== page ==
05-09-2014

Civil Courts And Procedures

Authors

  • Oljon Kaso, Manager
    IKRP Rokas & Partners Albania sh.p.k.

What are the peculiarities of the reform in the area of administrative disputes?

Law 49/2012 of 3 May 2012 “On the Organization and Functioning of Administrative Courts and the Judicial Review of Administrative Disputes,” which entered into force several months ago (but has not been implemented, yet), is an organic (basic) law. It lays down the principles of administrative dispute review, the rules on the organization and operation of administrative courts of all instances, the judge appointment criteria and method, court jurisdiction and competences, and the rules on how the court proceedings, including judgment enforcement, are to be conducted. With regard to its substantial provisions, I would like to underline several aspects that have caused some controversy in legal circles on grounds of not being in line with the Civil Procedure Code or even with the Civil Code. I support the argument that, while this is an organic law, there should be no incompatibilities with other laws, especially with the Civil Procedure Code.

Can you identify some such incompatibilities?

• The issue of time-barred action Article 18 (7) of the Law, which refers to the prescribed period for the right of action, stipulates that:

The time-limits referred to above shall be final, and any violation thereof shall cause loss of right of action. The time-limits may also be assessed by courts proprio motu.”

Based on the provision above, if a party has initiated a suit before a court, after the statute of limitation applying to that suit has expired, the court may deliberate on the issue and determine whether the lawsuit can go ahead or whether the lawsuit should be rejected as time-barred. Article 125 of the Civil Code stipulates that:

Expired period of limitation may not be taken into consideration by a court or any other competent body proprio motu, but only upon an application by an interested party.”

The provision laid down in Article 125 of the Civil Code is also related to Article 6 of the Civil Procedure Code, under which a court adjudicating a dispute is to decide on everything that is part of the lawsuit application and nothing but that. In this case there is an obvious conflict between the provisions cited above, because the legal institution of statutes of limitation is governed by the Civil Code provisions, which, in the hierarchy of the sources of law, stands higher than the provisions of the abovementioned Law.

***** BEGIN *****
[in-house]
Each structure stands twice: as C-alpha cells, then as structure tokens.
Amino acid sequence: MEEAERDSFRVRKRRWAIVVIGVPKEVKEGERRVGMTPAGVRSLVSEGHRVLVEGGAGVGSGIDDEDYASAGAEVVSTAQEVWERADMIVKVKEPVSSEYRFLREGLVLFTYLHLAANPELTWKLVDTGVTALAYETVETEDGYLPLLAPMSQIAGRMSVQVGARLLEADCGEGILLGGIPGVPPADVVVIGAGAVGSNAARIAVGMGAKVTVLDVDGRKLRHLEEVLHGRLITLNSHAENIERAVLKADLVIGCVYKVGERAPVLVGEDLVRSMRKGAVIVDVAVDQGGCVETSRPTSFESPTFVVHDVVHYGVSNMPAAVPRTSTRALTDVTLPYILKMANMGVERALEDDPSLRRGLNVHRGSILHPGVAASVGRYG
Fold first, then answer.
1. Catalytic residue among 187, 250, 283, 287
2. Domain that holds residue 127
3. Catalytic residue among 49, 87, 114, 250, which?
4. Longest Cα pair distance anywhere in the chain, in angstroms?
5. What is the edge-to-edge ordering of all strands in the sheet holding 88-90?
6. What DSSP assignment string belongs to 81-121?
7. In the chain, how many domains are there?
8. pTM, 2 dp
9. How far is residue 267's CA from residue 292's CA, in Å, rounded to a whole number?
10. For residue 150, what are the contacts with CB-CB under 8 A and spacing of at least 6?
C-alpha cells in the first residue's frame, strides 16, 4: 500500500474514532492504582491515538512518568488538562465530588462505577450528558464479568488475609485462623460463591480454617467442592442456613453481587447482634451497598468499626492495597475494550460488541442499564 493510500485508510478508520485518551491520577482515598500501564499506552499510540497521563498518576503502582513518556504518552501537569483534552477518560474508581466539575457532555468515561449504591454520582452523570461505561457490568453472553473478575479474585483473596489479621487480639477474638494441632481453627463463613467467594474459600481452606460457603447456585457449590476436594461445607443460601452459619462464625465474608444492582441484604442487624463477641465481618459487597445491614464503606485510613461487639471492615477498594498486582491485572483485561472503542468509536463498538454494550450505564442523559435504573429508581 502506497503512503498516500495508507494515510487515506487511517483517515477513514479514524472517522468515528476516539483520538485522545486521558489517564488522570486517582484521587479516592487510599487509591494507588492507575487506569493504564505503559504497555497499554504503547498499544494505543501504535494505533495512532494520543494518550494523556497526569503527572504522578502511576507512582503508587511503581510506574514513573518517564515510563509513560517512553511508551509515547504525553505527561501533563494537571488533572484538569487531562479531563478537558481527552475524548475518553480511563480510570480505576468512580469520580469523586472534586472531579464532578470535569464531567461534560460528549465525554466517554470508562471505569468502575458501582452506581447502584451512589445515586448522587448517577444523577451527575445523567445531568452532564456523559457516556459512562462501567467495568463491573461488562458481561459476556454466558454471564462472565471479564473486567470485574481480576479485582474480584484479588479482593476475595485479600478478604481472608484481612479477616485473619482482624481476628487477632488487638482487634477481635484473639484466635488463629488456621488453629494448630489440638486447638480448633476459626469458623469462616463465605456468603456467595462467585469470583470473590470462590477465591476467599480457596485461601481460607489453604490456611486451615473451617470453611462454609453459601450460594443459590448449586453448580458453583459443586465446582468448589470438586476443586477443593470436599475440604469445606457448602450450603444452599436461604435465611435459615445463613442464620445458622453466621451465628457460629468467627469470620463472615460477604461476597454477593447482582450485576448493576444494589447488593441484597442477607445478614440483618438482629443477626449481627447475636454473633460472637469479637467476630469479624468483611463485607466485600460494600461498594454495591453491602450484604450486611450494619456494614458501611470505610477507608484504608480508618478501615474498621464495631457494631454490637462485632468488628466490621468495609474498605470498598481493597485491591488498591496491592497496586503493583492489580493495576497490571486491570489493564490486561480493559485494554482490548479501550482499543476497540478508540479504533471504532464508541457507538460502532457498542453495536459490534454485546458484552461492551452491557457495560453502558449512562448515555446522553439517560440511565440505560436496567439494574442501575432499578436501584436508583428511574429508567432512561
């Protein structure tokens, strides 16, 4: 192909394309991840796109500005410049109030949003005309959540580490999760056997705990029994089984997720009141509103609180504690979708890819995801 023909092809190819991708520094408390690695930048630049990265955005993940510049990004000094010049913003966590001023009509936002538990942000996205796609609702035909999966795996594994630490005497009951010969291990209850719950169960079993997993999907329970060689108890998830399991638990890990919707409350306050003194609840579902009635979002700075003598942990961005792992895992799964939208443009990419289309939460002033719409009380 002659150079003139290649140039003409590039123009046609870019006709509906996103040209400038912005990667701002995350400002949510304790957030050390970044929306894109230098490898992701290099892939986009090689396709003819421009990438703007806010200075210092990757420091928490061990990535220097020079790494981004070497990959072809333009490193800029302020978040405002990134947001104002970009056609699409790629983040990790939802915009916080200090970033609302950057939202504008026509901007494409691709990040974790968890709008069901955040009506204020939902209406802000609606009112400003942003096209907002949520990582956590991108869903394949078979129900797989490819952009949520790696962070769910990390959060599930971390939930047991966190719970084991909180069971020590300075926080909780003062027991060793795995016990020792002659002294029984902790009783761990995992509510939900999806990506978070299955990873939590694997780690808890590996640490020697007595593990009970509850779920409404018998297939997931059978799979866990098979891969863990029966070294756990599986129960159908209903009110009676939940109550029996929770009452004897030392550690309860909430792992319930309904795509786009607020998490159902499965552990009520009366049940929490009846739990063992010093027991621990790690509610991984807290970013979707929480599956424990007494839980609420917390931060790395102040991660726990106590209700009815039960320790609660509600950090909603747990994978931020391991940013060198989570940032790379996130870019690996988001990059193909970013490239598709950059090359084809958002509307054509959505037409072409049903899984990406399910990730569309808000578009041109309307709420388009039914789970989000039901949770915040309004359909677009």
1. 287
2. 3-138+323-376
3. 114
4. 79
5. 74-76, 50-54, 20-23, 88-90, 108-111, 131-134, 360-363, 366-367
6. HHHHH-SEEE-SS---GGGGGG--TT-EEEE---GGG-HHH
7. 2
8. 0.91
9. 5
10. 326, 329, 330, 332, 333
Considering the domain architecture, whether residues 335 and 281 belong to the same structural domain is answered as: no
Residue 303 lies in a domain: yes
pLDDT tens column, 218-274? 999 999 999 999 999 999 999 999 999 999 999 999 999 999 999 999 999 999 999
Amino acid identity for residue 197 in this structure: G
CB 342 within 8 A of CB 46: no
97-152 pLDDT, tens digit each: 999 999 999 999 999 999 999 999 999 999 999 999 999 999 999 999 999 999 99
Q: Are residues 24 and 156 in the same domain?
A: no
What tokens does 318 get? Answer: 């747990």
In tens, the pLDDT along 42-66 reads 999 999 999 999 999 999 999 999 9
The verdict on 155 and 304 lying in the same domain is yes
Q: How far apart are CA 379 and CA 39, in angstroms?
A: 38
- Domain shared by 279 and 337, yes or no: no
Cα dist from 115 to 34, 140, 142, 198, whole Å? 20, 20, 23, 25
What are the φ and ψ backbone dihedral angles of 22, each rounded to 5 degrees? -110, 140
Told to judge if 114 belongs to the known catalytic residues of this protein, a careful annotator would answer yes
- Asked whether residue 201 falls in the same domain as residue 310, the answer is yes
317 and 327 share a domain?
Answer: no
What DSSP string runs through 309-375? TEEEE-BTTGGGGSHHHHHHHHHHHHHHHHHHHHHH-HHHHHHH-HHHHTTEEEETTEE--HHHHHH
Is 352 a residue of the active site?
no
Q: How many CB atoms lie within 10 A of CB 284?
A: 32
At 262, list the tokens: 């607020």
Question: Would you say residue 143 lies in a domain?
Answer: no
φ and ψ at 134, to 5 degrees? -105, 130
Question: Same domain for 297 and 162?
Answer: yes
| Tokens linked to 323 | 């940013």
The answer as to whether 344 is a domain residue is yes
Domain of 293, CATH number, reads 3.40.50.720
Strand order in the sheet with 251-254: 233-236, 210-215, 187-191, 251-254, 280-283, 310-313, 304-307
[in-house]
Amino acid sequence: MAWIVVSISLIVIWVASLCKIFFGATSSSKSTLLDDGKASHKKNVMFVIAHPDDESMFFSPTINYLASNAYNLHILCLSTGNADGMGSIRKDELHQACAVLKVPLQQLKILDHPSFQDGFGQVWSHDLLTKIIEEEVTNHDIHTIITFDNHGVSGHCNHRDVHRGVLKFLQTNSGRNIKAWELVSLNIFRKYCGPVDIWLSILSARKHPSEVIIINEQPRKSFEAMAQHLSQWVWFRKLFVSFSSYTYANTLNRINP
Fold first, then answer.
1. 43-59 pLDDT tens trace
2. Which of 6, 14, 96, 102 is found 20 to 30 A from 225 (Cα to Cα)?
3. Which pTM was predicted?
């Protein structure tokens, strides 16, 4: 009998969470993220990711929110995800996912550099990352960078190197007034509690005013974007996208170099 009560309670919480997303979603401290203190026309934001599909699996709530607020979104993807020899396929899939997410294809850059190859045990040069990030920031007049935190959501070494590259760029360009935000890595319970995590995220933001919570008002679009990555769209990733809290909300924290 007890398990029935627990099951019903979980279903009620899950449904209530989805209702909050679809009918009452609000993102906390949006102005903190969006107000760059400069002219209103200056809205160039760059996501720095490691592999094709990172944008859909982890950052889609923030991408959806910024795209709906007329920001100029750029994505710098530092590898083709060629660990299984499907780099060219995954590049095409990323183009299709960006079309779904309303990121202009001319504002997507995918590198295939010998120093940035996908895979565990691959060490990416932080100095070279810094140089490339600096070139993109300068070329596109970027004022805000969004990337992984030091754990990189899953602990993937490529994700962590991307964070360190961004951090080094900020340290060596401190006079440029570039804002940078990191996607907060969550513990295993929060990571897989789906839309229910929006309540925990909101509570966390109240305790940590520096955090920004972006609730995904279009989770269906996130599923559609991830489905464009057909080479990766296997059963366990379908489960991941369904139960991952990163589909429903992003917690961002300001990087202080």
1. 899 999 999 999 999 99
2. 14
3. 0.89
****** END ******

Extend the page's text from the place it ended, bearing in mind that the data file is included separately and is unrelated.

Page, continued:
• Parties’ attendance to court, and consequences of failing to attend court. This element is referred to in quite a few articles in Law 49/2012. Article 3 (4) of the Law specifies that:

Subject to the nature of a case, the administrative court shall review the case orally in court session or in the form of deliberations on written documents. Parties’ failure to attend court shall not be a ground for dismissing a case.”

Article 25 (3) “Preparatory actions” specifies that:

Parties’ failure to attend any preparatory actions, even when the parties have been duly summoned and notified, shall not be a ground for dismissing a case.”

Article 34 (2) “Court session” specifies that:

Parties’ failure to attend a session shall not be a ground for adjourning or dismissing a case.”

All the provisions above and, also, the spirit of the Law itself, are in conflict with Article 179 of the Civil Procedure Code: “If the plaintiff or both the parties fail to attend the preparatory actions and the court sessions without any justifiable reasons, and are found to have been duly aware, the court or the sole judge shall decide to dismiss the case.” In addition, Paragraph 2 of Article 24 is in conflict with Paragraph 1 in that same Article. Paragraph 1 provides that:

Court sessions shall be conducted in compliance with the Articles of the Civil Procedure Code to the extent they are compatible with this Law.”

Do the above mentioned provisions cause any obstacles to the conduct of normal judicial proceedings of an administrative nature?